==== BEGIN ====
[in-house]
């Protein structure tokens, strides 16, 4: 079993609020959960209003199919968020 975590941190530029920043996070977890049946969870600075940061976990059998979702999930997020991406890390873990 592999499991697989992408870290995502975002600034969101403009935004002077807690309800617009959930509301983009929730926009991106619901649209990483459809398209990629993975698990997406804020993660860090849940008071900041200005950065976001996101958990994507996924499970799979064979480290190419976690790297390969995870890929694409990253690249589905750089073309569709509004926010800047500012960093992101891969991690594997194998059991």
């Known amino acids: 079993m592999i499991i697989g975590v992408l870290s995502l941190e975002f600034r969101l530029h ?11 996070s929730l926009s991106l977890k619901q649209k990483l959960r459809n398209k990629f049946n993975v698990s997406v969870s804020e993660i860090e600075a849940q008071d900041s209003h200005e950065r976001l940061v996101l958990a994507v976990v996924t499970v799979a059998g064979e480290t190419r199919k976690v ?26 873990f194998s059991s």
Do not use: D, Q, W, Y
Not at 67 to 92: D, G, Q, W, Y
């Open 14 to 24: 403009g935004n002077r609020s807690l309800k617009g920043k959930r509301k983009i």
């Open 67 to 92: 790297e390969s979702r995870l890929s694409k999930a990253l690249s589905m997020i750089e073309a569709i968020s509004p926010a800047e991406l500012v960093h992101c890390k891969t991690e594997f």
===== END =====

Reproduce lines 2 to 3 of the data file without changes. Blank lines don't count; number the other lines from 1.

């Protein structure tokens, strides 16, 4: 079993609020959960209003199919968020 975590941190530029920043996070977890049946969870600075940061976990059998979702999930997020991406890390873990 592999499991697989992408870290995502975002600034969101403009935004002077807690309800617009959930509301983009929730926009991106619901649209990483459809398209990629993975698990997406804020993660860090849940008071900041200005950065976001996101958990994507996924499970799979064979480290190419976690790297390969995870890929694409990253690249589905750089073309569709509004926010800047500012960093992101891969991690594997194998059991």
């Known amino acids: 079993m592999i499991i697989g975590v992408l870290s995502l941190e975002f600034r969101l530029h ?11 996070s929730l926009s991106l977890k619901q649209k990483l959960r459809n398209k990629f049946n993975v698990s997406v969870s804020e993660i860090e600075a849940q008071d900041s209003h200005e950065r976001l940061v996101l958990a994507v976990v996924t499970v799979a059998g064979e480290t190419r199919k976690v ?26 873990f194998s059991s």